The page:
Some rental property owners borrow money to buy a new home and then rent out their previous home. If there is an outstanding loan on the old home and the property is used to produce income, the interest outstanding on the loan, or part of the interest, will be deductible. However, an interest deduction cannot be claimed on the loan used to buy the new home because it is not used to produce income. This is the case whether or not the loan for the new home is secured against the former home.

Example 9: Apportionment of interest

The Hitchmans decide to use their bank's 'Mortgage breaker' account to take out a loan of $209,000 from which $170,000 is to be used to buy a rental property and $39,000 is to be used to purchase a private car. They will need to work out each year how much of their interest payments is tax deductible. The following whole-year example illustrates an appropriate method that could be used to calculate the proportion of interest that is deductible. The example assumes an interest rate of 6.75% per annum on the loan and that the property is rented from 1 July:

Interest for year 1 = $209,000 x 6.75% = $14,108

Apportionment of interest payment related to rental property:

Total interest expense

x

rental property loan

total borrowings

=

deductible interest

$14,108

x

$170,000

$209,000

=

$11,475

If you prepay interest it may not be deductible all at once: see Prepaid expenses .

Thin capitalisation

If you are an Australian resident and you or any associate entities have certain international dealings, overseas interests or if you are a foreign resident, thin capitalisation rules may apply if your debt deductions, such as interest, combined with those of your associate entities for 2013-14 are more than $250,000.

Companies, partnerships and trusts that have international dealings will need to complete the International Dealings Schedule (IDS). See the International dealings schedule 2014 (NAT 73345).


For more information about the deductibility of interest, see:

If you need help to calculate your interest deduction, contact your recognised tax adviser or us.

Lease document expenses

Your share of the costs of preparing and registering a lease and the cost of stamp duty on a lease are deductible to the extent that you have used, or will use, the property to produce income. This includes any such costs associated with an assignment or surrender of a lease.

For example, freehold title cannot be obtained for properties in the Australian Capital Territory (ACT). They are commonly acquired under a 99-year crown lease. Therefore, stamp duty, preparation and registration costs you incur on the lease of an ACT property are deductible to the extent that you use the property as a rental property.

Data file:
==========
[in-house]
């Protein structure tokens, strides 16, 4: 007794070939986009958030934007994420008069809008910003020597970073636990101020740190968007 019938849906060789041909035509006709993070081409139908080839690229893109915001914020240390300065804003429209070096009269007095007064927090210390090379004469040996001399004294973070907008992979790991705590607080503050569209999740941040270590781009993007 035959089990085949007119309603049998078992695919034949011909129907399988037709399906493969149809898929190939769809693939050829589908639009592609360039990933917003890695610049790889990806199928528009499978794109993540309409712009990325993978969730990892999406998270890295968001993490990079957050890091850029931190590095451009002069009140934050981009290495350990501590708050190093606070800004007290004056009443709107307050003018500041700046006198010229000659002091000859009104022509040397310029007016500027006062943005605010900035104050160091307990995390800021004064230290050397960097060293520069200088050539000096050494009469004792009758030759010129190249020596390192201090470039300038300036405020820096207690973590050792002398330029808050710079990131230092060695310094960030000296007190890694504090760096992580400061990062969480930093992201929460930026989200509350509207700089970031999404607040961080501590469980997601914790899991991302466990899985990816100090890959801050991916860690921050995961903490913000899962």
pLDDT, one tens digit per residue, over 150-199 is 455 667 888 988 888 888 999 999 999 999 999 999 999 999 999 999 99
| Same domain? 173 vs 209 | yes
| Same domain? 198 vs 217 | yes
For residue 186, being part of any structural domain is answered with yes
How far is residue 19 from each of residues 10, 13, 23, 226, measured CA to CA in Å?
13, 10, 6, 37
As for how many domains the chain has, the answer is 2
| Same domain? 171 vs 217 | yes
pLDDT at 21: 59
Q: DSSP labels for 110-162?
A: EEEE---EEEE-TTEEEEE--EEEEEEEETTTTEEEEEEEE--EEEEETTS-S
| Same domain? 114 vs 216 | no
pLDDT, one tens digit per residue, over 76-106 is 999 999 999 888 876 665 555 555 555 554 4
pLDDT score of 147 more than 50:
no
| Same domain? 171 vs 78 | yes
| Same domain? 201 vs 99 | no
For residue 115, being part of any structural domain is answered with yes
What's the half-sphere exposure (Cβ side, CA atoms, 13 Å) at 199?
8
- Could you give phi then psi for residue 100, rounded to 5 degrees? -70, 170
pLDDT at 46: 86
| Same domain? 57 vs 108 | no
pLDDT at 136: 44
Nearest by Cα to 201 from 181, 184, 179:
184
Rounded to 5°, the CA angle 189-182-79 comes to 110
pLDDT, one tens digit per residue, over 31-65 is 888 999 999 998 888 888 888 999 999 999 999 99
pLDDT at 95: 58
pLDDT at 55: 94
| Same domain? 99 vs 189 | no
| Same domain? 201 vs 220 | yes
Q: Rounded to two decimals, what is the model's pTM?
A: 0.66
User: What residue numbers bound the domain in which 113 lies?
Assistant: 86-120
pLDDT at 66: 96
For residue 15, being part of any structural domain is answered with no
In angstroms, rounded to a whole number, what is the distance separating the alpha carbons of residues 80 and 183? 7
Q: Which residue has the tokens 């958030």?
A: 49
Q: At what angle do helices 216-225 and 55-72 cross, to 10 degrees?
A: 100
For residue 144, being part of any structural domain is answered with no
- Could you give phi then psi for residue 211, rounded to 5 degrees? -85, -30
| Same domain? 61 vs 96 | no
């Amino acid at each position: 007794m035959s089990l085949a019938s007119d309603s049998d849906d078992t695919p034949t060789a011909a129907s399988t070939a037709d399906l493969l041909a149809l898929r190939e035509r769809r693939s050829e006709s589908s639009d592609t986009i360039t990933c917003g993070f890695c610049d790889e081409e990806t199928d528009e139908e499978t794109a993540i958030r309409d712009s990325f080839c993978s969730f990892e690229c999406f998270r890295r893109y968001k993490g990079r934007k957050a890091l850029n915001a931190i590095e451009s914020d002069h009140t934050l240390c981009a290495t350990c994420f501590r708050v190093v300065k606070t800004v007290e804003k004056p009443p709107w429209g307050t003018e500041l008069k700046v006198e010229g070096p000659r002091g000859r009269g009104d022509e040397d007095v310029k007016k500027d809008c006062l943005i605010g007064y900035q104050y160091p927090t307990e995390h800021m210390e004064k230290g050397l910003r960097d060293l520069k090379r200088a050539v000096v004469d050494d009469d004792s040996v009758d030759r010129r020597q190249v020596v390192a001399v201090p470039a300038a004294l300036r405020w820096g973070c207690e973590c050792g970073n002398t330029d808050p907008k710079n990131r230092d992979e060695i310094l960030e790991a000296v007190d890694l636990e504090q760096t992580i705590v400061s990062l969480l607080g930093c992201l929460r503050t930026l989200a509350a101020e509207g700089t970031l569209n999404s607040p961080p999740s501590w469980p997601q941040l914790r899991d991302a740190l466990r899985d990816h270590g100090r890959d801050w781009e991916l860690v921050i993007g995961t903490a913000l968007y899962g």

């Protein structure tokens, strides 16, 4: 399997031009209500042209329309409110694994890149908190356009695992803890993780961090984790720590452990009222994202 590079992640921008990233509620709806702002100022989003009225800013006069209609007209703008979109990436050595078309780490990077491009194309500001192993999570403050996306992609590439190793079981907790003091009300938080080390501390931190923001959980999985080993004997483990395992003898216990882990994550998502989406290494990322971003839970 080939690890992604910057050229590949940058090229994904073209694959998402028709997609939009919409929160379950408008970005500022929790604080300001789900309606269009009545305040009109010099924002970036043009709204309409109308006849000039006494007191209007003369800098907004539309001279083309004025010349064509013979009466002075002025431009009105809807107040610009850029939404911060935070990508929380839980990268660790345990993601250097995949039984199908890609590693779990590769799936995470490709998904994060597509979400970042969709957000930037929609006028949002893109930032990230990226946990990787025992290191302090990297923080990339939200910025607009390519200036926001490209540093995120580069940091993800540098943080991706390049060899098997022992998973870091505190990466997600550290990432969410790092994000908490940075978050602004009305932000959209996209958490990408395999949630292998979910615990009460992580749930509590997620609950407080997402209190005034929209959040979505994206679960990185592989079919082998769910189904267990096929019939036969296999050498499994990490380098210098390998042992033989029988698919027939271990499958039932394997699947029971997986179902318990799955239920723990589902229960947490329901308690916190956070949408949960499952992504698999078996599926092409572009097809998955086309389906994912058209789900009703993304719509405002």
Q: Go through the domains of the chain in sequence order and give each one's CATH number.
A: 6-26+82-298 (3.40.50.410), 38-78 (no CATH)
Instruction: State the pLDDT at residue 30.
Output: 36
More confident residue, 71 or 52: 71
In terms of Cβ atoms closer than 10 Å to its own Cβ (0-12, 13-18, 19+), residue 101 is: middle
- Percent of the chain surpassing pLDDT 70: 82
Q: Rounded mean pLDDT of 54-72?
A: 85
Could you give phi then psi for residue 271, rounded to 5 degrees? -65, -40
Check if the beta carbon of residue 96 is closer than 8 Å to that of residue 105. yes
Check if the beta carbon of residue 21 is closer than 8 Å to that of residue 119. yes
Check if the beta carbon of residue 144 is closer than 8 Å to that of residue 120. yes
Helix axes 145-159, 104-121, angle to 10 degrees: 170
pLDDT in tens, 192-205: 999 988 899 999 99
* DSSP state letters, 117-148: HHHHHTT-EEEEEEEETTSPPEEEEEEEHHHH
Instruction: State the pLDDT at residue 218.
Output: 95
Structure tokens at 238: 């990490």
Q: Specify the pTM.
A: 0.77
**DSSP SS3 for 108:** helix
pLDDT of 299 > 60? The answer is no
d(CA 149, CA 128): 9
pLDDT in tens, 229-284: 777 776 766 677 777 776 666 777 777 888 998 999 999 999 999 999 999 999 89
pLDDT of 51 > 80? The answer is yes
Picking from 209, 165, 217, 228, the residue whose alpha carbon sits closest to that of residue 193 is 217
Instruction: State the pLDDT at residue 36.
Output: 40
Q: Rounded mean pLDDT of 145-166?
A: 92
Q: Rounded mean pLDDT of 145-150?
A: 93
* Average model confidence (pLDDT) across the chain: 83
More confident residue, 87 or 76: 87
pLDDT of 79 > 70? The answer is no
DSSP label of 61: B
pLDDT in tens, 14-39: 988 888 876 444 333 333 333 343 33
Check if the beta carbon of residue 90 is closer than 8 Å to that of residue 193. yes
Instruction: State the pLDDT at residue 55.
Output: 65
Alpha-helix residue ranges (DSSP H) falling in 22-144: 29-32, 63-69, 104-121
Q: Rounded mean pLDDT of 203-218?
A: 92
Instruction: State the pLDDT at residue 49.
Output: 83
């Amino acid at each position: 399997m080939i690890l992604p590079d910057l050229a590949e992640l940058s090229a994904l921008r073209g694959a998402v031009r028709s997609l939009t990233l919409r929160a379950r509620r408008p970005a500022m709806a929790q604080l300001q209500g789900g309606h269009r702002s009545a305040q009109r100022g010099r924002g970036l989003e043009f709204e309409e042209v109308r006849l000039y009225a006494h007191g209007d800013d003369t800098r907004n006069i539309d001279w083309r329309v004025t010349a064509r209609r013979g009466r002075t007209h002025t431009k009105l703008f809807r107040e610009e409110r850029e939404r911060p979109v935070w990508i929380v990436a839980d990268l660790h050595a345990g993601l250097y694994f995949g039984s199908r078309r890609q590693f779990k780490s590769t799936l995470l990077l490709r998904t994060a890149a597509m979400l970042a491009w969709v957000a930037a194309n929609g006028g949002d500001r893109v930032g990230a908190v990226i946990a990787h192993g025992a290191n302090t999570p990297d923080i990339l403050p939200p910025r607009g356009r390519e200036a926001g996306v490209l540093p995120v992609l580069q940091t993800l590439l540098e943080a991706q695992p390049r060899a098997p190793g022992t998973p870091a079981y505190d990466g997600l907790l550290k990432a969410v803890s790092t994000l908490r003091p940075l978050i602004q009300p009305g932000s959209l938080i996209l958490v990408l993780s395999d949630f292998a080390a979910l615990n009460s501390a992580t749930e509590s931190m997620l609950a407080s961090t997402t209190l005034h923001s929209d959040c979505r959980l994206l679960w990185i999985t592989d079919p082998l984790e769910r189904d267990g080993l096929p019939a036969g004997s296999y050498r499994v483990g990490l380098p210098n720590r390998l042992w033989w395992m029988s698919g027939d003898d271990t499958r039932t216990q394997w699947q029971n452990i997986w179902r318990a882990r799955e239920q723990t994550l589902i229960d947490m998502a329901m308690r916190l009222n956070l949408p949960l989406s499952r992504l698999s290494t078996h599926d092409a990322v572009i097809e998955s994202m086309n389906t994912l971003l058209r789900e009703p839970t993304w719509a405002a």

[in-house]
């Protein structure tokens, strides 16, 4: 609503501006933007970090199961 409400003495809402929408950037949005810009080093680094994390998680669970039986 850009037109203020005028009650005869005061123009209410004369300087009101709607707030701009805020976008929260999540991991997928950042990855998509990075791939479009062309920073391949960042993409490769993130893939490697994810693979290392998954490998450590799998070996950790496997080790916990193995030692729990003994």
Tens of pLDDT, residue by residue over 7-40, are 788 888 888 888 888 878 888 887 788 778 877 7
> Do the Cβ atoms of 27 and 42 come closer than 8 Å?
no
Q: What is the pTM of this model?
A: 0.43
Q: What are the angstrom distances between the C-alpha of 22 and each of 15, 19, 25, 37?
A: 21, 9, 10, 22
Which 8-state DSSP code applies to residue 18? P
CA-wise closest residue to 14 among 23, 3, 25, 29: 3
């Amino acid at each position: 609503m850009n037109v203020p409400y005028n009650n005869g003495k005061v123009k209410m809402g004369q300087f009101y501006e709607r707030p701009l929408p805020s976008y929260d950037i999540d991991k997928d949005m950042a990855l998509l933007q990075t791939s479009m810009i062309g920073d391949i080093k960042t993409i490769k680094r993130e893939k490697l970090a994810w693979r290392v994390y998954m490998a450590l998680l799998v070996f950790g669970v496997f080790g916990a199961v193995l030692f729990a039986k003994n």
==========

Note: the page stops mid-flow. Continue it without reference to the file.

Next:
Legal expenses

Some legal expenses incurred in producing your rental income are deductible, for example, the cost of evicting a non-paying tenant.

Most legal expenses, however, are of a capital nature and are therefore not deductible. These include costs of:

  • purchasing or selling your property
  • resisting land resumption
  • defending your title to the property.


For more information, see Rental properties - claiming legal expenses

Non-deductible legal expenses which are capital in nature may, however, form part of the cost base of your property for capital gains tax purposes.


For more information, see Capital gains tax and Guide to capital gains tax 2014.

Example 10: Deductible legal expenses

In September 2013 the Hitchmans' tenants moved out, owing four weeks rent. The Hitchmans retained the bond money and took the tenants to court to terminate the lease and recover the balance of the rent. The legal expenses they incurred doing this are fully deductible. The Hitchmans were seeking to recover assessable rental income, and they wished to continue earning income from the property. The Hitchmans must include the retained bond money and the recovered rent in their assessable income in the year of receipt.

Mortgage discharge expenses

Mortgage discharge expenses are the costs involved in discharging a mortgage other than payments of principal and interest. These costs are deductible in the year they are incurred to the extent that you took out the mortgage as security for the repayment of money you borrowed to use to produce assessable income.

For example, if you used a property to produce rental income for half the time you held it and as a holiday home for the other half of the time, 50% of the costs of discharging the mortgage are deductible.

Mortgage discharge expenses may also include penalty interest payments. Penalty interest payments are amounts paid to a lender, such as a bank, to agree to accept early repayment of a loan, including a loan on a rental property. The amounts are commonly calculated by reference to the number of months that interest payments would have been made had the premature repayment not been made.

Penalty interest payments on a loan relating to a rental property are deductible if:

  • the loan moneys borrowed are secured by a mortgage over the property and the payment effects the discharge of the mortgage, or